Andrew: I go to an accounting conference every year for people who manage accounting practices, and they struggle with working on overhead too—and their expenses and talking to their partners about it. Anyone who has a business has to deal with it. What I find with dentists is they are very smart people; they like to learn and understand things. At first, when someone takes over or opens a practice, thinking about overhead is daunting, but over time they study it and learn it and it’s an important part of their business.

Reese: And they eventually get dialed in, right? We talked about overhead generally, let’s list overhead categories from large to small. We talked about staff, which is obviously the biggest category. Where does it go from there?

Andrew: The categories that we use are staff, expenses (payroll, payroll taxes and benefits). Then there’s dental supplies, lab fees, and facility costs. Those are all about 5-7% of somebody’s collections generally based off the information we collect. Facility costs is rent, repairs and maintenance, utilities—things of that nature. Now we group all the other expenses together: office expenses, miscellaneous and IT and all that runs about 7-10% of collections. Last but not least is advertising and promotions. Which runs about 1-2%.

Reese: That’s what I found is typical, right? People typically spend about 1-3% sometimes on marketing. Do you feel like that’s adequate for most people or is it just the way that they spend?

Andrew: It just kinda works out that way, but spending money on marketing is interesting. There was an article recently in Dental Economics that the best four ways to attract new patients is first, through your current patient base; second is by having a good website; third is by using Google or Facebook ads; and the last one is by getting good reviews on Yelp and Google, and those besides setting up a website are overall inexpensive. The best way to market is through the current patients, and the best way to do that is by maximizing their experience—having them have a really great experience.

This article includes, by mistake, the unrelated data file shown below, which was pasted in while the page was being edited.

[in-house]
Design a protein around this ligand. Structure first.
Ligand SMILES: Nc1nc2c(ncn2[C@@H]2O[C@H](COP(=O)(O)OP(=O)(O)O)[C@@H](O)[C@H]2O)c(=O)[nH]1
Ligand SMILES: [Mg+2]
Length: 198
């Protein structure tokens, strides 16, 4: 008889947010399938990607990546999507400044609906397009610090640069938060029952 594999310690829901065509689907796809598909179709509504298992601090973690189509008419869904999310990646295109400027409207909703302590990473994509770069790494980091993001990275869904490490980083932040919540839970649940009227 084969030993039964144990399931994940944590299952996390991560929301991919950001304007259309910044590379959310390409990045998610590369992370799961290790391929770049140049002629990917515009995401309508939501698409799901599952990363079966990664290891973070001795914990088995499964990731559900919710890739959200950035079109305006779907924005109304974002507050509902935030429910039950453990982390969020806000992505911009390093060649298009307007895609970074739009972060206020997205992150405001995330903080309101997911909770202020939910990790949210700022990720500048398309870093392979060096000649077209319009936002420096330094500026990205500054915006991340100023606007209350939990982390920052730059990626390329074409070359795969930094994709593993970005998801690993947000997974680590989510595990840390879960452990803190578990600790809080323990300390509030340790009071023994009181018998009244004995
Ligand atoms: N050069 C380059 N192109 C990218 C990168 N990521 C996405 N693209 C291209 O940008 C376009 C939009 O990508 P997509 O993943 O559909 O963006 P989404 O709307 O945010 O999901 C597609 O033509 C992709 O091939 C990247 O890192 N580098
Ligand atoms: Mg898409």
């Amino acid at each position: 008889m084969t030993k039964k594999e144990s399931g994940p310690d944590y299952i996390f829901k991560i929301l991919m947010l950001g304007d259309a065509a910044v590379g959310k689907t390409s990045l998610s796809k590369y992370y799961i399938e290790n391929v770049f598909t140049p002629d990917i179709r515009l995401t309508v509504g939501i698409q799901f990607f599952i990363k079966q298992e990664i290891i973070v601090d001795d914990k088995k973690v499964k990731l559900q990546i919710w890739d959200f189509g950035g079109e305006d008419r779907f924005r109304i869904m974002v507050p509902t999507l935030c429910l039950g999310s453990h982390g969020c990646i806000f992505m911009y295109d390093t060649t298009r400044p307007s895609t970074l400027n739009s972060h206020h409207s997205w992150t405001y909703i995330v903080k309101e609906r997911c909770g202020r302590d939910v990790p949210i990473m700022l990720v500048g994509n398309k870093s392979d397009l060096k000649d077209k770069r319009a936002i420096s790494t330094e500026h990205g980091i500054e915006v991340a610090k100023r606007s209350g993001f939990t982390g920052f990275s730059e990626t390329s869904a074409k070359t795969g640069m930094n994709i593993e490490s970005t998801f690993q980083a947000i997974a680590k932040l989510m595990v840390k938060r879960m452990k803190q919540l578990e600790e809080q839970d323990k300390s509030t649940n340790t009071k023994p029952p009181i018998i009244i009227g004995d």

Reese: Yeah, so ultimately even though spending money on marketing is important, there’s not a lot of avenues for efficient use of those dollars.

Andrew: No. There’s no way that someone can go and say, “If you spend $25,000 on this marketing, we’re going to get you X number of patients. The print advertising and sending out post cards and all that stuff—people do it so it must be somewhat effective, but it’s very expensive. What I would recommend—you know the 1-800 Dentist guy? Fred Joyal? He wrote a book, Everything is Marketing. It’s worth reading; it’s a quick read. He really drives home some very basic fundamentals of the experience.

Reese: It focuses on the costumer experience? Because you’re saying that’s the way people should ultimately view marketing is if I treat my patients right, if I have a good experience, they’re going to refer and I need to focus on that.

Andrew: They become your walking billboard. If they have a really good experience, they’ll tell people.

Reese: And listeners may not know that, but you have worked with hundreds of dental practices over the years and you’ve probably had these tough conversations a few times about which areas of overhead to cut. I’ve got to cut some staff costs, cut this or that. How do you tell people to cut overhead without hurting their practice?